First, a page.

Interactions Between Viral RTI and Allergic Sensitization
To define potential mechanisms of interaction between viral RTI and allergic sensitization to inhaled allergens, a number of rodent models have been developed. The majority of these models showed increased allergic sensitization following respiratory virus infection, resulting in eosinophilic airway inflammation and AHR. In some of these models, animals were first exposed to allergen during the acute infection phase followed by subsequent allergen challenges, resulting in increased allergic sensitization with elevated serum levels of allergen-specific IgE.
In these experimental approaches, enhanced allergic sensitization was potentially due to increased allergen uptake across inflamed mucous membranes. Indeed, in both a guinea pig and a mouse model, exposure to ovalbumin aerosol caused increased levels of serum ovalbumin if administered during acute virus infection.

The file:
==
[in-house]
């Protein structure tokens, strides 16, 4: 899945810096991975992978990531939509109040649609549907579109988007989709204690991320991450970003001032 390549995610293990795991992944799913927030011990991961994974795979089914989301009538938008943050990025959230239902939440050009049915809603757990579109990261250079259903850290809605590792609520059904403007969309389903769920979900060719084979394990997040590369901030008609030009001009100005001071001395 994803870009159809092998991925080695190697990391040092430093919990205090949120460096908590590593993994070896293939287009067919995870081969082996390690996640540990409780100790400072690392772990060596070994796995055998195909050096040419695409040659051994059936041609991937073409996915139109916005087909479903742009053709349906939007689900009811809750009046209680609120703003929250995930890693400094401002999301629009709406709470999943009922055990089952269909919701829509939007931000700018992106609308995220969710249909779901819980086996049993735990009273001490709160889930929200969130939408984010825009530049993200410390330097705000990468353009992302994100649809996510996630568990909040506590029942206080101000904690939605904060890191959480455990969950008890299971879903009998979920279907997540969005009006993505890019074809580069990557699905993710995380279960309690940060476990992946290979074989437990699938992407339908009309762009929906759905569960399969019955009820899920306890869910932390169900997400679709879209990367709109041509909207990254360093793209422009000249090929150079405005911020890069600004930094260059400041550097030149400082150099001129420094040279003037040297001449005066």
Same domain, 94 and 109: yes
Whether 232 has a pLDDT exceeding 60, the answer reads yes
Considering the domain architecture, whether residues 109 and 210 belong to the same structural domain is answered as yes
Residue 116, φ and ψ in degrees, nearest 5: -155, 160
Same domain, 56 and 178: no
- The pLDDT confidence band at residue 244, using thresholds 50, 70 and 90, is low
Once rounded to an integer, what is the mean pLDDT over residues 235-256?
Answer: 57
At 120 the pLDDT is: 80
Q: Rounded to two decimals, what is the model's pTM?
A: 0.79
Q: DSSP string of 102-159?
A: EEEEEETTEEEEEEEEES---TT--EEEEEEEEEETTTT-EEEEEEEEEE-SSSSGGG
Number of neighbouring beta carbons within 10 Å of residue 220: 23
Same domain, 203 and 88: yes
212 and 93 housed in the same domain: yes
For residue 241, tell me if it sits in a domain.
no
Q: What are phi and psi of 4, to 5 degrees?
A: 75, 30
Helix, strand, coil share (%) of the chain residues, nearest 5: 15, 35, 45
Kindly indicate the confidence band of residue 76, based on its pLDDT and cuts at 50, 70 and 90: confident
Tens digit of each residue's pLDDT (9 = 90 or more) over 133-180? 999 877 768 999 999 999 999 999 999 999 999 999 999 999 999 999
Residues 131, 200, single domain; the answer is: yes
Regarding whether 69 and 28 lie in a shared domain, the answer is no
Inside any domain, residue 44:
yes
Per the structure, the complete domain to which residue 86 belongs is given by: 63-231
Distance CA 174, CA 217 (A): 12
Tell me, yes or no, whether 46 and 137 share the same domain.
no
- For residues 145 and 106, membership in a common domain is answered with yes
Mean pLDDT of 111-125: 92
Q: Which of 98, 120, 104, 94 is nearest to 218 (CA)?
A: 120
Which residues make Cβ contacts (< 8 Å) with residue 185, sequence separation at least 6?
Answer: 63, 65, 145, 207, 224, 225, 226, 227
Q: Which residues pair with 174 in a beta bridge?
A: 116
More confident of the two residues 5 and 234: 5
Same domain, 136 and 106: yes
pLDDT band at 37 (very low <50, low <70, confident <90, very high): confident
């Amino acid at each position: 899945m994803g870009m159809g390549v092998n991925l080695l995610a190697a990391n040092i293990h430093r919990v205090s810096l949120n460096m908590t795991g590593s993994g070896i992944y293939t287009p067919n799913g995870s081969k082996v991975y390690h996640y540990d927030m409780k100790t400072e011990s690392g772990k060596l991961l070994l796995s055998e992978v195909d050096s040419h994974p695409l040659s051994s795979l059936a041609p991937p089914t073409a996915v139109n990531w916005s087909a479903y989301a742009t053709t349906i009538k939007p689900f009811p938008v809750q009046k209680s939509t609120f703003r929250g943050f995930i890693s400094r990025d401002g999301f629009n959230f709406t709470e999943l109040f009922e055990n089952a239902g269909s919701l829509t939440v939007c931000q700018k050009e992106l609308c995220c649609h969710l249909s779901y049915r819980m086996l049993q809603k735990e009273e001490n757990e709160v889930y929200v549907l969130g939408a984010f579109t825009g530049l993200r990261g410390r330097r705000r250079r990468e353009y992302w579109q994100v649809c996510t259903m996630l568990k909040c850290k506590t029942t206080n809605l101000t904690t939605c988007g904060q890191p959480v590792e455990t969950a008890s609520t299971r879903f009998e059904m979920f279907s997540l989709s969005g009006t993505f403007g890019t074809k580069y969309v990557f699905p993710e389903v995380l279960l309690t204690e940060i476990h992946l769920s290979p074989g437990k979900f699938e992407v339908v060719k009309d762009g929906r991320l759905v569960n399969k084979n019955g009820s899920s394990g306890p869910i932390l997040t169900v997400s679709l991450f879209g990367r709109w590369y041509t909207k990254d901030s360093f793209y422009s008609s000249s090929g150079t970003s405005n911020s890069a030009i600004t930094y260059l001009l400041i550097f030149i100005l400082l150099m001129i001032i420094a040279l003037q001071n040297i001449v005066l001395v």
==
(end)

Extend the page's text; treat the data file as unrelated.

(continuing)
Schwarze and colleagues reported on a murine model of RSV infection and subsequent sensitization to aerosolized ovalbumin. In this model, exposure to allergen over 10 days was begun only after the resolution of the acute (RSV) infection. This resulted in enhanced responses to allergen and, as a consequence, airway inflammation with the influx of neutrophils and eosinophils. This was associated with altered airway responsiveness to inhaled methacholine.
In contrast to many of the models discussed above, allergen-specific IgE serum levels were not higher in the group that was infected with RSV prior to allergic sensitization. This may indicate that mechanisms other than increased allergen uptake are likely responsible for the effects of RSV infection on the subsequent exposure to allergen. As demonstrated, sensitization following acute RSV infection triggers eosinophilic inflammation and associated AHR. Anti-IL-5 treatment during the allergen exposure phase prevents lung eosinophilia and the development of AHR.
© 2000 Medscape
Cite this: Respiratory Viral Infections and Asthma: Is There a Link? - Medscape - Jul 13, 2000.